Seesaw Thinking and Unhealthy Obsessions in Media

By The Cog Blog Archives
Cover image for  article: Seesaw Thinking and Unhealthy Obsessions in Media

It's a mystery why it is that sensible, smart people so often see things in absolutes: black or white, right or wrong, win or lose, media or creative. Surely the concept that teamwork is generally a good idea is not that hard to grasp?

For example: Why on earth do we have to choose between a campaign's media delivery, and its creativity when discussing why it's worked? Why is it that we even discuss "which works better, media or creative" as if we're in some ridiculous competition?

It's really simple. The greatest ad in the world is useless if nobody sees it. The best media plan ever written won't rescue a dreadful creative idea.

Back in the dark ages, "media" was the poor relation. All those jokes about the pre-lunchtime presentation slot, the five minutes that followed the three-hour discussion of which beach was going to be used for the shoot.

The media numbers were worthy and dull, focussed far too much on the discounts to be achieved and far too little on who needed to see the ad, and how many times, for it to have the desired effect.

And now in the self-proclaimed "age of media enlightenment" we spend, forever making sure we don't "waste" a penny of the budget reaching someone outside some crazy target (even if we don't quite know what "waste" is, or if it's a good thing to be rid of it).

Never mind that those of us in the media geekhood can't even decide how to define a "viewer," let alone an impression. Or that the largest ad market in the world still deals in program ratings as opposed to having anything to do with trading based on the number who see the ad.

We tie ourselves in knots with all the talk of reach, ignoring the fact that very often we're adding together apples and carrots. Apples and oranges would be an advance -- at least they're both fruits.

And good luck if you want to discuss the ad in any media forum. Many media salespeople (and media buyers) have no idea what they're placing. Quite how they're taking account of context without knowing the ins and outs of the creative is another mystery.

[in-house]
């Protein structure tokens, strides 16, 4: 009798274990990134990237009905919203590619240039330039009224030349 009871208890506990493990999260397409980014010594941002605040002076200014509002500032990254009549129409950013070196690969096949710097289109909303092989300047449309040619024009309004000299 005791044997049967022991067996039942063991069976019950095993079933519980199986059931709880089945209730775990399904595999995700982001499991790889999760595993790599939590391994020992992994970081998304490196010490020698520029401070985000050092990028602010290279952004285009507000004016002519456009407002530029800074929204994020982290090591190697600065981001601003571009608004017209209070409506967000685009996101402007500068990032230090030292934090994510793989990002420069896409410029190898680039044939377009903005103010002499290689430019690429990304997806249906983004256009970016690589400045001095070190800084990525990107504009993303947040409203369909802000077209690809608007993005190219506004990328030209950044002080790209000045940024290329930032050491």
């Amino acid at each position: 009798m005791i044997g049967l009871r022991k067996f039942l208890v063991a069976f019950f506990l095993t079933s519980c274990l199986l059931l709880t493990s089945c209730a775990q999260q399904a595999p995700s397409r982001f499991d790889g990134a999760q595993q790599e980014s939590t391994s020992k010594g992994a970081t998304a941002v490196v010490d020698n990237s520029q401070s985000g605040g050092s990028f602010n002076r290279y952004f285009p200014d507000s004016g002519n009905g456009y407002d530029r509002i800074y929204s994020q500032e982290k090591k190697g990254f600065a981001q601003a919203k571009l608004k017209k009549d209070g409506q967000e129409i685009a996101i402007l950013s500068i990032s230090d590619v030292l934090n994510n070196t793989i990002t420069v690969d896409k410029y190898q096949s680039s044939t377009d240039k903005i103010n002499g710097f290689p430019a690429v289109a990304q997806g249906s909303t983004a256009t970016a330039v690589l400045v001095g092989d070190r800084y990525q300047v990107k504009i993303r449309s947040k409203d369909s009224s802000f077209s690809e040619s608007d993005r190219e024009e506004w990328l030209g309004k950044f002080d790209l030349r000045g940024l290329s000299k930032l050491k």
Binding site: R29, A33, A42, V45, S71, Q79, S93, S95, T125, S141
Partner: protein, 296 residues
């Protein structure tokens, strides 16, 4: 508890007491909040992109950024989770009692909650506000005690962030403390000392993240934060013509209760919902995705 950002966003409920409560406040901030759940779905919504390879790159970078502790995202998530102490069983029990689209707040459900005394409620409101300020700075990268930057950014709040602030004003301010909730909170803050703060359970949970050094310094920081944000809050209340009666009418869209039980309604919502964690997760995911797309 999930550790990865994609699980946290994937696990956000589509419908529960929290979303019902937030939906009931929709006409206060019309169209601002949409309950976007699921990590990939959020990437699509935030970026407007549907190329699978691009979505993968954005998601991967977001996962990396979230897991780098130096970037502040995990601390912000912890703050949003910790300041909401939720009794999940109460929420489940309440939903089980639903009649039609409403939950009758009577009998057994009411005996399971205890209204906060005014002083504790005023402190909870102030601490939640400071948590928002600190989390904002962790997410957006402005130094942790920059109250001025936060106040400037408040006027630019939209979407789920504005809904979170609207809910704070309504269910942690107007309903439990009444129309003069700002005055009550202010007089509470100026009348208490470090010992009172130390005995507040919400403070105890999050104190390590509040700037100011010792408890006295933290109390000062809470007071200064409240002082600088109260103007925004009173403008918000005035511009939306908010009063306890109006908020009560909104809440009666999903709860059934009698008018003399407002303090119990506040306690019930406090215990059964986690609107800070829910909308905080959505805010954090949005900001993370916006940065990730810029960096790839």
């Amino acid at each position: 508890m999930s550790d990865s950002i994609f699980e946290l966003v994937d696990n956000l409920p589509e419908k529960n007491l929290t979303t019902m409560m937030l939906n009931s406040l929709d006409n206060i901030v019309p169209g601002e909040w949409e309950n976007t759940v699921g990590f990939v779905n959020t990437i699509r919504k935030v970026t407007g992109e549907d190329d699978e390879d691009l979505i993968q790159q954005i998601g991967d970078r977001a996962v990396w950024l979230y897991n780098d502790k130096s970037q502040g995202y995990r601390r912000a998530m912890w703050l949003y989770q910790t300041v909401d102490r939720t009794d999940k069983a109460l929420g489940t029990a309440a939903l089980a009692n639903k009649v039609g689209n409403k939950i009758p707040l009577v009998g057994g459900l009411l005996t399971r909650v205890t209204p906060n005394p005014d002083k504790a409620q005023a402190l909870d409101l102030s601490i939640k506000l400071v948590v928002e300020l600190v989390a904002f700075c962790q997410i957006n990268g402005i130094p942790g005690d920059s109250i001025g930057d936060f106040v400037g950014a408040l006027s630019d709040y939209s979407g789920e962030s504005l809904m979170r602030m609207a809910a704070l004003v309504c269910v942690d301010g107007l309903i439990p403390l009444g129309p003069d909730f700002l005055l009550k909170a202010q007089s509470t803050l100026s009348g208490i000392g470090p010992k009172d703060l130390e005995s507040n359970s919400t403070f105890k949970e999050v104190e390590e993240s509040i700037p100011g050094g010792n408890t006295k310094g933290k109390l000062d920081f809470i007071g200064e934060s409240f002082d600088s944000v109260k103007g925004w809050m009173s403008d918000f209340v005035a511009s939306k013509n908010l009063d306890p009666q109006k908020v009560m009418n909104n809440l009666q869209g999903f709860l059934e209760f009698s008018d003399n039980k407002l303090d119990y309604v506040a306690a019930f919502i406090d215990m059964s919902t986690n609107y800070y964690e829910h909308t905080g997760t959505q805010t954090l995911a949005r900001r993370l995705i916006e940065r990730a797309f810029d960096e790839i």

The industry has moved from an unhealthy obsession with creativity and a complete lack of interest in where and how the money was going to be spent, to an unhealthy obsession with media numbers and a complete lack of interest in the quality of the ads.

Both extremes are of course wrong, and out-of-step with advertisers' stated needs.

It's why those agencies like MediaHub and VCCP that balance creativity with media planning and buying are winning. I would say they're going back to the future.

It's also why it was such a pleasure to remember what Nick Manning and Colin Gottlieb were trying to do when they started Manning Gottlieb (now part of Omnicom) 30 years ago.

Here, courtesy of Nick (who clearly never throws anything away) on Mediatel a week ago is how they set out their stall in 1990:

  • Rooting media thinking in the client need
  • Being consumer-centric (using Account Planning techniques as well as media research)
  • Working hand-in-glove with creative partners
  • Being innovative to achieve cut-through
  • Marrying innovation with the best available media pricing

This was counter-cyclical at the time. Our business was based on ideas; not just creative uses of media but buying media in different ways to make the creative work harder.

If I were running an operation today, I would ask Nick in to present pretty well what he presented to prospects 30 years. I would then steal it with pride.

Frankly, if you don't understand the importance of balance and teamwork, you're in the wrong business.

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